- Any credible media source jumps to the internet with greater branding authority than small, media sources–whether they deserve it or not. Just because you have your content delivery system ready on the internet, doesn’t mean you will be perceived as CNN or Paramount by the consumer. This may seem obvious to everyone but the little independent like us. We tend to think “our show is great; why isn’t it a white hot magnet for every discerning audience member out there?” The answer is fairly simple: people follow their brands across platforms and technologies. Just because email made it possible, theoretically, to send your daily column to millions, that didn’t mean Art Buchwald or Dear Abby or their syndicators were sweating about it. The big boys will still have the advantage whether they deliver on the internet or via cable.
- The production conventions, and expense, of conventional television advertising is a big fat tub full of lard. Watch any commercial film shoot, verses a feature film shoot. The customer is getting screwed, big time. The catering is better, the make work assignments are more likely, the location fees are jacked up, the ridiculous union rules are observed. The whole thing is padded. It’s an open scandal now, but there’s a chance there will be an opportunity for more independent commercial production companies — if someone decides the client deserves a market-oriented product. Maybe. Maybe not. These conditions have survived the breakup of the three networks, perhaps, because the ad still reaches the same massive number of eyeballs — across different channels, so the expense of producing it, however padded, is still justified.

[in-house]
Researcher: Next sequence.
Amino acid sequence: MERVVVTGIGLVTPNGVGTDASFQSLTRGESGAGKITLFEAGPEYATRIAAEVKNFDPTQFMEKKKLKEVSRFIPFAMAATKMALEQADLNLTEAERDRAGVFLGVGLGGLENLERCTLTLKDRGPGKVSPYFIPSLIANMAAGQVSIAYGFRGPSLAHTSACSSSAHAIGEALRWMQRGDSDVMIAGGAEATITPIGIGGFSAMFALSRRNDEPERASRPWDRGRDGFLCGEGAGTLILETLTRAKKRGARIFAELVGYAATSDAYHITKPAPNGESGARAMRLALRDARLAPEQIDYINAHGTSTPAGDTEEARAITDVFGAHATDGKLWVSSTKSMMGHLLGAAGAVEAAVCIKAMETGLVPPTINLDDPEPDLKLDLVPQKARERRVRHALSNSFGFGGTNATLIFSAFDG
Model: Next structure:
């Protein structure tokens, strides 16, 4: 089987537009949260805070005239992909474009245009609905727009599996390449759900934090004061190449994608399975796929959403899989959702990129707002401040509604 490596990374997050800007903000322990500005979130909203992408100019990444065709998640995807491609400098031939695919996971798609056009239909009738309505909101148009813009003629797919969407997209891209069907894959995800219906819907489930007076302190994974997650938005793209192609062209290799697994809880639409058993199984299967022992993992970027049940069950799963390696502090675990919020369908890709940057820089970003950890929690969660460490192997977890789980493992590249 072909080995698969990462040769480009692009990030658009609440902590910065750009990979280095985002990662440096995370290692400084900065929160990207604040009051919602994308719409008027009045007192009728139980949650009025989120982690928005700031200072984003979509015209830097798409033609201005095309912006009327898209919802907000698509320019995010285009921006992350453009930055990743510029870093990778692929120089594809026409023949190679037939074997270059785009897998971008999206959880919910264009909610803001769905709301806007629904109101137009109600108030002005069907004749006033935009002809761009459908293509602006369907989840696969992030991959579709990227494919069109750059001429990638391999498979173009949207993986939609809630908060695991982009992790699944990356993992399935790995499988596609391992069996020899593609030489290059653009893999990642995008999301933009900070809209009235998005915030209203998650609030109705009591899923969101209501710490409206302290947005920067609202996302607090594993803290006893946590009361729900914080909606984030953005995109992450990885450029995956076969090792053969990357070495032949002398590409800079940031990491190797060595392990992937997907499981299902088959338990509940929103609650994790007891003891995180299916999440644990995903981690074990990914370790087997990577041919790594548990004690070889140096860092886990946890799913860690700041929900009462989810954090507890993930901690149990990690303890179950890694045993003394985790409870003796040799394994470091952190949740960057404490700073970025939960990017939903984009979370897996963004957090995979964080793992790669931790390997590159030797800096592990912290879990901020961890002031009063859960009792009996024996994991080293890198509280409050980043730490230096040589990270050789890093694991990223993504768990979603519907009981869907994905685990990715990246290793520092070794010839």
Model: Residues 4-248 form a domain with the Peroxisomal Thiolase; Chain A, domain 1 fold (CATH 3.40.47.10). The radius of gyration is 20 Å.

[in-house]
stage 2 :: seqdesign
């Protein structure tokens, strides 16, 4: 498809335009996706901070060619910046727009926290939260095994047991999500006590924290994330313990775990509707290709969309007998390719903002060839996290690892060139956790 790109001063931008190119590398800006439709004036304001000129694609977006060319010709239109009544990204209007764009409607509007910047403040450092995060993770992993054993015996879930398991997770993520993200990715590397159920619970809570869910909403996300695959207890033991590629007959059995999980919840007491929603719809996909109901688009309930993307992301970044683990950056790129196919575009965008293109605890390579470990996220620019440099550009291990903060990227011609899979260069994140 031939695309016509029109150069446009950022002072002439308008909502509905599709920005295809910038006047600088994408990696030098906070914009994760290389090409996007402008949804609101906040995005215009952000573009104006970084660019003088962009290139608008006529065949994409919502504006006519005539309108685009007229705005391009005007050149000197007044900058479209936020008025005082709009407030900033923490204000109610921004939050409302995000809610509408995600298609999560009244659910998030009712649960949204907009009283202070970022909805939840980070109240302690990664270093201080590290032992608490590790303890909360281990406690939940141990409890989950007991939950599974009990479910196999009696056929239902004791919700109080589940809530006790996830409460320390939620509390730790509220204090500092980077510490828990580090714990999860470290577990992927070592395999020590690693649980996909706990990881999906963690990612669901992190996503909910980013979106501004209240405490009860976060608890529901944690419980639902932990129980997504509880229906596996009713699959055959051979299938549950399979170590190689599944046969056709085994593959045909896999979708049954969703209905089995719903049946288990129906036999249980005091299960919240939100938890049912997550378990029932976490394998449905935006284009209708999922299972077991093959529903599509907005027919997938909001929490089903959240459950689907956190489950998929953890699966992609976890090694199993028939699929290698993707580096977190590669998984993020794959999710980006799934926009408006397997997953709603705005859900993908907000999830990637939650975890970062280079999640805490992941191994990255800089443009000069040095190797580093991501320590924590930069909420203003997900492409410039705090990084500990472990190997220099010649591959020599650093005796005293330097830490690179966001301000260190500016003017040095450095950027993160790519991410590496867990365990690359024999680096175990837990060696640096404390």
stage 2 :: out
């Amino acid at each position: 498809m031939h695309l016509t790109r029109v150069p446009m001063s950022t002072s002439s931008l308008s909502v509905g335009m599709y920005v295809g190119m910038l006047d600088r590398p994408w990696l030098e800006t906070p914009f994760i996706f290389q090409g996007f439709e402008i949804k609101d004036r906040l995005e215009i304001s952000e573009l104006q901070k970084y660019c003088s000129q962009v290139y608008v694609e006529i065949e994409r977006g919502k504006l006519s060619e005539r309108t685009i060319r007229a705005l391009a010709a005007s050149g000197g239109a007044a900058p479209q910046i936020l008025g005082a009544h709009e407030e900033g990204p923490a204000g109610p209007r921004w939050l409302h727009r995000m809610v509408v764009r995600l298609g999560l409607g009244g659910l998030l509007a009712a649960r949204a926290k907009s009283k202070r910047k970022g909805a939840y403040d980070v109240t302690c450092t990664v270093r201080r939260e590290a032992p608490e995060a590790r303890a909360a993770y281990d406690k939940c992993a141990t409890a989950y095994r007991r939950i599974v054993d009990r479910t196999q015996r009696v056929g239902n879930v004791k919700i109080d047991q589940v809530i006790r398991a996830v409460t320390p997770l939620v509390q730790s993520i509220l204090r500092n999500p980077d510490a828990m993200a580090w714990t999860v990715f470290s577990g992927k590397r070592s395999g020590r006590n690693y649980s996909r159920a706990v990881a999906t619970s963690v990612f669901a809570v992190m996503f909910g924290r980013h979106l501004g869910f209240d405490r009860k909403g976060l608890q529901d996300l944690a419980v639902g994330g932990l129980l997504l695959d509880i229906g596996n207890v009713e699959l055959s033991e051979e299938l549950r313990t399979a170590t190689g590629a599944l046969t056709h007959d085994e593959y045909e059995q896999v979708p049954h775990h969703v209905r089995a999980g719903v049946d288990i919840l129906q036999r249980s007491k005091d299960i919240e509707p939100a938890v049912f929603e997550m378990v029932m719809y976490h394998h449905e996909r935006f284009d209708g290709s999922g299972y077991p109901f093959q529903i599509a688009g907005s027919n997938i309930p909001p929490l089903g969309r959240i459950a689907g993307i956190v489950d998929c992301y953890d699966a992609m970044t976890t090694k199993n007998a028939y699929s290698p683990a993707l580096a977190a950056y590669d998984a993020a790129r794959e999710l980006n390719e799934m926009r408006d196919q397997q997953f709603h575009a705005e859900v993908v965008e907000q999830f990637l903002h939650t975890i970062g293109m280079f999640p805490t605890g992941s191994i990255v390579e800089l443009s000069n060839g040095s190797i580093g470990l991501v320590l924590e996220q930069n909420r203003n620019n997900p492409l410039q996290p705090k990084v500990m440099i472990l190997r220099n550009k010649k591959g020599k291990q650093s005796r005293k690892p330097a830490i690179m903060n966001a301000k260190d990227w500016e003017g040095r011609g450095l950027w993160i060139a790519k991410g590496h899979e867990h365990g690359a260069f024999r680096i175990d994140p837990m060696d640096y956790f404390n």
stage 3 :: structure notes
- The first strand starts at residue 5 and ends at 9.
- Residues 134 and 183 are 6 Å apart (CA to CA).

- Marketing, and massive marketing, will still be key. People really do watch what they are told to watch, on whatever platform is current. As one independent film journalist wrote — build your audience first and then make the movie. It’s been a difficult lesson for us to learn. We thought the story would build the audience, and it does to some extent, but someone in your organization has to see marketing as their most passionate ministry.
- Google Ads and other ad banner services take a monumental chunk of any advertising revenue you might earn using them. Having both purchased Google Ads, and having embedded Google ads for other products on our site, our informal study indicated that Google was paying us 10% of what we were paying them for ads. That would mean that if your show generated $100,000 in ad revenue, Google gets $90,000. Having your own ad sales force seems, at least, like something to consider.
- A lot of culture and history lovers wonder, with the internet and reduced production expense (digital cameras, say, over Panavision 35 mm film), why there isn’t more of an independent film and television option out there. The answer is that it isn’t purely a technology question. Journalism hasn’t gotten any better, or more investigative, not because there isn’t a lot better stuff out there. There is. But there is no big, legitimizing umbrella for it. No one knows about it, and if they find out about, they don’t trust it. “What is this site? Who are these people?” The guy who wrote a better article, who provided better information, can’t write the next piece, because there is no William Randolph Hearst to write him a check. The people who want a better article have to spend hours looking for it. There is no trusted channel for the totally independent content provider.
I think those observations are all pretty much on the mark. What they mean for Colony Bay and Courage, New Hampshire — well, I’ll try to sum that up in my next blog.